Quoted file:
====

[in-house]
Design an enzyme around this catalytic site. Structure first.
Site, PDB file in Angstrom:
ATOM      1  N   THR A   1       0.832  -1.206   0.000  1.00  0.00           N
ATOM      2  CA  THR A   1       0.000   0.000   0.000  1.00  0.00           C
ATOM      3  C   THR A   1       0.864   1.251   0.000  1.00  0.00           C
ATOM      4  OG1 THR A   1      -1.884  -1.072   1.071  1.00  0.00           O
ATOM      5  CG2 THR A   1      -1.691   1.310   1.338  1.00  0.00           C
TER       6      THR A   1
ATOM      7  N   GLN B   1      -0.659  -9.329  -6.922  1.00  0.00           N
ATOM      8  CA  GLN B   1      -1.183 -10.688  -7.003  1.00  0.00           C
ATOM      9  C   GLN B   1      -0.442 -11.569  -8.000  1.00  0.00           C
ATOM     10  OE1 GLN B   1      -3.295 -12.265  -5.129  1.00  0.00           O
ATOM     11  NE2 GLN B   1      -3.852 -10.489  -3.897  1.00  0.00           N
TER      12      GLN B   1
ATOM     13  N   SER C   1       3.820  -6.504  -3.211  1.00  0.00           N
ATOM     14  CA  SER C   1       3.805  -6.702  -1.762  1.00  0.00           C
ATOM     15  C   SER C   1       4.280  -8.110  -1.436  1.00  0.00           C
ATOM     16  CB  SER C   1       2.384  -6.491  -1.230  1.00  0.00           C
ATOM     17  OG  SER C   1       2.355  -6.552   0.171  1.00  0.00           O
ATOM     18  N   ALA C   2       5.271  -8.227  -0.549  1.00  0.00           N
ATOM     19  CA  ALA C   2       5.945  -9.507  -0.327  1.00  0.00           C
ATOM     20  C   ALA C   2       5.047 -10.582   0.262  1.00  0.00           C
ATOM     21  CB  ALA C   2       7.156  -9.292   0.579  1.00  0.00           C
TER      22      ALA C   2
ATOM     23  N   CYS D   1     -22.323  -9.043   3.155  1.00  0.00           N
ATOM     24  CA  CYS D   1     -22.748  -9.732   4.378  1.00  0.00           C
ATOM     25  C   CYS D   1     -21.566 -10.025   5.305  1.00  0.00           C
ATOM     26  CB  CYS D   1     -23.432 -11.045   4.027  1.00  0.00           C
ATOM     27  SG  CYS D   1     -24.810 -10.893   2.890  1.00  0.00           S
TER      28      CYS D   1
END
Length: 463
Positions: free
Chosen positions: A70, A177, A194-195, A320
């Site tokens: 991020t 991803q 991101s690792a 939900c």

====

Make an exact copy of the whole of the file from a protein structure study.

[in-house]
Design an enzyme around this catalytic site. Structure first.
Site, PDB file in Angstrom:
ATOM      1  N   THR A   1       0.832  -1.206   0.000  1.00  0.00           N
ATOM      2  CA  THR A   1       0.000   0.000   0.000  1.00  0.00           C
ATOM      3  C   THR A   1       0.864   1.251   0.000  1.00  0.00           C
ATOM      4  OG1 THR A   1      -1.884  -1.072   1.071  1.00  0.00           O
ATOM      5  CG2 THR A   1      -1.691   1.310   1.338  1.00  0.00           C
TER       6      THR A   1
ATOM      7  N   GLN B   1      -0.659  -9.329  -6.922  1.00  0.00           N
ATOM      8  CA  GLN B   1      -1.183 -10.688  -7.003  1.00  0.00           C
ATOM      9  C   GLN B   1      -0.442 -11.569  -8.000  1.00  0.00           C
ATOM     10  OE1 GLN B   1      -3.295 -12.265  -5.129  1.00  0.00           O
ATOM     11  NE2 GLN B   1      -3.852 -10.489  -3.897  1.00  0.00           N
TER      12      GLN B   1
ATOM     13  N   SER C   1       3.820  -6.504  -3.211  1.00  0.00           N
ATOM     14  CA  SER C   1       3.805  -6.702  -1.762  1.00  0.00           C
ATOM     15  C   SER C   1       4.280  -8.110  -1.436  1.00  0.00           C
ATOM     16  CB  SER C   1       2.384  -6.491  -1.230  1.00  0.00           C
ATOM     17  OG  SER C   1       2.355  -6.552   0.171  1.00  0.00           O
ATOM     18  N   ALA C   2       5.271  -8.227  -0.549  1.00  0.00           N
ATOM     19  CA  ALA C   2       5.945  -9.507  -0.327  1.00  0.00           C
ATOM     20  C   ALA C   2       5.047 -10.582   0.262  1.00  0.00           C
ATOM     21  CB  ALA C   2       7.156  -9.292   0.579  1.00  0.00           C
TER      22      ALA C   2
ATOM     23  N   CYS D   1     -22.323  -9.043   3.155  1.00  0.00           N
ATOM     24  CA  CYS D   1     -22.748  -9.732   4.378  1.00  0.00           C
ATOM     25  C   CYS D   1     -21.566 -10.025   5.305  1.00  0.00           C
ATOM     26  CB  CYS D   1     -23.432 -11.045   4.027  1.00  0.00           C
ATOM     27  SG  CYS D   1     -24.810 -10.893   2.890  1.00  0.00           S
TER      28      CYS D   1
END
Length: 463
Positions: free
Chosen positions: A70, A177, A194-195, A320
């Site tokens: 991020t 991803q 991101s690792a 939900c």